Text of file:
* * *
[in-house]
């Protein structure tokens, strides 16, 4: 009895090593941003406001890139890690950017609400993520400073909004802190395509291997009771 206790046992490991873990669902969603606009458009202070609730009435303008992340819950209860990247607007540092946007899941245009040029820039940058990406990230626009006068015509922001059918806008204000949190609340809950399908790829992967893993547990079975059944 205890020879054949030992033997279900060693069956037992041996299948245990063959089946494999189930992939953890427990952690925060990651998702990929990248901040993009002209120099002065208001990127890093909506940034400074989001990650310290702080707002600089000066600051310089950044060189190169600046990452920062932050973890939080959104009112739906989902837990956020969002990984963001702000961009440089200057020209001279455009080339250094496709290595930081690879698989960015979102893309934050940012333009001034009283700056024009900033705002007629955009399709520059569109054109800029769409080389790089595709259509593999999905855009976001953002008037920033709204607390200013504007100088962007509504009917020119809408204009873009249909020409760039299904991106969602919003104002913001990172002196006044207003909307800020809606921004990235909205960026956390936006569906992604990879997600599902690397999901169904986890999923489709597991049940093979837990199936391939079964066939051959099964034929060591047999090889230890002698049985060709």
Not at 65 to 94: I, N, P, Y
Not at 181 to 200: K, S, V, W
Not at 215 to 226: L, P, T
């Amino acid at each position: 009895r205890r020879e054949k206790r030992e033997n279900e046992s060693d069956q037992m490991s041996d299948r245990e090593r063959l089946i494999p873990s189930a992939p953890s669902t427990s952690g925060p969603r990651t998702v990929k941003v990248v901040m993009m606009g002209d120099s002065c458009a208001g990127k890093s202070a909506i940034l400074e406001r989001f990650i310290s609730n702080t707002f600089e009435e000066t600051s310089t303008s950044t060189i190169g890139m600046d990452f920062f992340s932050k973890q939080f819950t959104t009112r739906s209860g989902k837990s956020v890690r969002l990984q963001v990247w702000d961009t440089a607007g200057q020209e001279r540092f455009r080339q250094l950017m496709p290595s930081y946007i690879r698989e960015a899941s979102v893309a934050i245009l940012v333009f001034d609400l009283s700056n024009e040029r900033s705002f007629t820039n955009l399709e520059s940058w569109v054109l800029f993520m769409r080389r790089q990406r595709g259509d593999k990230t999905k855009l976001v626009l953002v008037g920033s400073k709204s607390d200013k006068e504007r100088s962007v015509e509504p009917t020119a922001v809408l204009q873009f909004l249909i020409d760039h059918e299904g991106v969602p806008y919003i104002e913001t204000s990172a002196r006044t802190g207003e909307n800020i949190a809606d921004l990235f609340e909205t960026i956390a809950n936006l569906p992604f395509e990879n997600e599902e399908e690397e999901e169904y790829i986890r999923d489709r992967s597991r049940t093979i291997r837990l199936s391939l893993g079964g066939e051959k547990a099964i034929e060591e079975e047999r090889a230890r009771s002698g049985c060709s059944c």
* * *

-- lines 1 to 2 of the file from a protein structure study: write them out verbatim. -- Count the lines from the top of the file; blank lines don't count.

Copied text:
[in-house]
């Protein structure tokens, strides 16, 4: 009895090593941003406001890139890690950017609400993520400073909004802190395509291997009771 206790046992490991873990669902969603606009458009202070609730009435303008992340819950209860990247607007540092946007899941245009040029820039940058990406990230626009006068015509922001059918806008204000949190609340809950399908790829992967893993547990079975059944 205890020879054949030992033997279900060693069956037992041996299948245990063959089946494999189930992939953890427990952690925060990651998702990929990248901040993009002209120099002065208001990127890093909506940034400074989001990650310290702080707002600089000066600051310089950044060189190169600046990452920062932050973890939080959104009112739906989902837990956020969002990984963001702000961009440089200057020209001279455009080339250094496709290595930081690879698989960015979102893309934050940012333009001034009283700056024009900033705002007629955009399709520059569109054109800029769409080389790089595709259509593999999905855009976001953002008037920033709204607390200013504007100088962007509504009917020119809408204009873009249909020409760039299904991106969602919003104002913001990172002196006044207003909307800020809606921004990235909205960026956390936006569906992604990879997600599902690397999901169904986890999923489709597991049940093979837990199936391939079964066939051959099964034929060591047999090889230890002698049985060709």